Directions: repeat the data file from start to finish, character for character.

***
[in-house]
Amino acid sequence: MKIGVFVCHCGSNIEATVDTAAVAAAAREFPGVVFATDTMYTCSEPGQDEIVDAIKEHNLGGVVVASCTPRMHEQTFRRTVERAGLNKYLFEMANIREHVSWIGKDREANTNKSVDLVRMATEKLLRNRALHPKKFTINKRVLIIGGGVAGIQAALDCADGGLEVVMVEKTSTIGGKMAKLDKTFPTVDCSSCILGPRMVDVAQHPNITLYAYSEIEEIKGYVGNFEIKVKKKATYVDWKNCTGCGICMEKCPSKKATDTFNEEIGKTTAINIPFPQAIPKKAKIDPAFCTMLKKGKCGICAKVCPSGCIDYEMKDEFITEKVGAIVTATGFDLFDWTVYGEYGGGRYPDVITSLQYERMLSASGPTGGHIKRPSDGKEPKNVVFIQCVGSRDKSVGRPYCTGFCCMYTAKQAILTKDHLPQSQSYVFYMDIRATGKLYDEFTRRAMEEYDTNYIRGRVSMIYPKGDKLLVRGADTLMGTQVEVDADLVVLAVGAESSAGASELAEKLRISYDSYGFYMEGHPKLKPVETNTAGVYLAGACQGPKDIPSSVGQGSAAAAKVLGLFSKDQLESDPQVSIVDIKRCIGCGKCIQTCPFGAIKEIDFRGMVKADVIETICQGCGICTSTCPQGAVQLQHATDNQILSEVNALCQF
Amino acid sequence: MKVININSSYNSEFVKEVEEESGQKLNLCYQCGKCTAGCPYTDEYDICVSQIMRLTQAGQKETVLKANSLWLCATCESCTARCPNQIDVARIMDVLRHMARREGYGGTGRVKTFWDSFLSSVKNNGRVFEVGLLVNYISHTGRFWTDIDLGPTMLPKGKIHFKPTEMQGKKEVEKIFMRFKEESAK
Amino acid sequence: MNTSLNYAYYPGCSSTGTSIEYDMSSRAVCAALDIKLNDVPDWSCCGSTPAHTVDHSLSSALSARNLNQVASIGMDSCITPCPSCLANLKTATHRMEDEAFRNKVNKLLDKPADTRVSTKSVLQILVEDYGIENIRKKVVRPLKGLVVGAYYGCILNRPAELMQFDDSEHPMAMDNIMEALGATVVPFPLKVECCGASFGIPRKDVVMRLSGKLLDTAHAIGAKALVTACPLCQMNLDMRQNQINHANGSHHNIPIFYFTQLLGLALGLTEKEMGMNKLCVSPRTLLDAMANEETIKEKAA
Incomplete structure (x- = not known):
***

[in-house]
Amino acid sequence: MKIGVFVCHCGSNIEATVDTAAVAAAAREFPGVVFATDTMYTCSEPGQDEIVDAIKEHNLGGVVVASCTPRMHEQTFRRTVERAGLNKYLFEMANIREHVSWIGKDREANTNKSVDLVRMATEKLLRNRALHPKKFTINKRVLIIGGGVAGIQAALDCADGGLEVVMVEKTSTIGGKMAKLDKTFPTVDCSSCILGPRMVDVAQHPNITLYAYSEIEEIKGYVGNFEIKVKKKATYVDWKNCTGCGICMEKCPSKKATDTFNEEIGKTTAINIPFPQAIPKKAKIDPAFCTMLKKGKCGICAKVCPSGCIDYEMKDEFITEKVGAIVTATGFDLFDWTVYGEYGGGRYPDVITSLQYERMLSASGPTGGHIKRPSDGKEPKNVVFIQCVGSRDKSVGRPYCTGFCCMYTAKQAILTKDHLPQSQSYVFYMDIRATGKLYDEFTRRAMEEYDTNYIRGRVSMIYPKGDKLLVRGADTLMGTQVEVDADLVVLAVGAESSAGASELAEKLRISYDSYGFYMEGHPKLKPVETNTAGVYLAGACQGPKDIPSSVGQGSAAAAKVLGLFSKDQLESDPQVSIVDIKRCIGCGKCIQTCPFGAIKEIDFRGMVKADVIETICQGCGICTSTCPQGAVQLQHATDNQILSEVNALCQF
Amino acid sequence: MKVININSSYNSEFVKEVEEESGQKLNLCYQCGKCTAGCPYTDEYDICVSQIMRLTQAGQKETVLKANSLWLCATCESCTARCPNQIDVARIMDVLRHMARREGYGGTGRVKTFWDSFLSSVKNNGRVFEVGLLVNYISHTGRFWTDIDLGPTMLPKGKIHFKPTEMQGKKEVEKIFMRFKEESAK
Amino acid sequence: MNTSLNYAYYPGCSSTGTSIEYDMSSRAVCAALDIKLNDVPDWSCCGSTPAHTVDHSLSSALSARNLNQVASIGMDSCITPCPSCLANLKTATHRMEDEAFRNKVNKLLDKPADTRVSTKSVLQILVEDYGIENIRKKVVRPLKGLVVGAYYGCILNRPAELMQFDDSEHPMAMDNIMEALGATVVPFPLKVECCGASFGIPRKDVVMRLSGKLLDTAHAIGAKALVTACPLCQMNLDMRQNQINHANGSHHNIPIFYFTQLLGLALGLTEKEMGMNKLCVSPRTLLDAMANEETIKEKAA
Incomplete structure (x- = not known):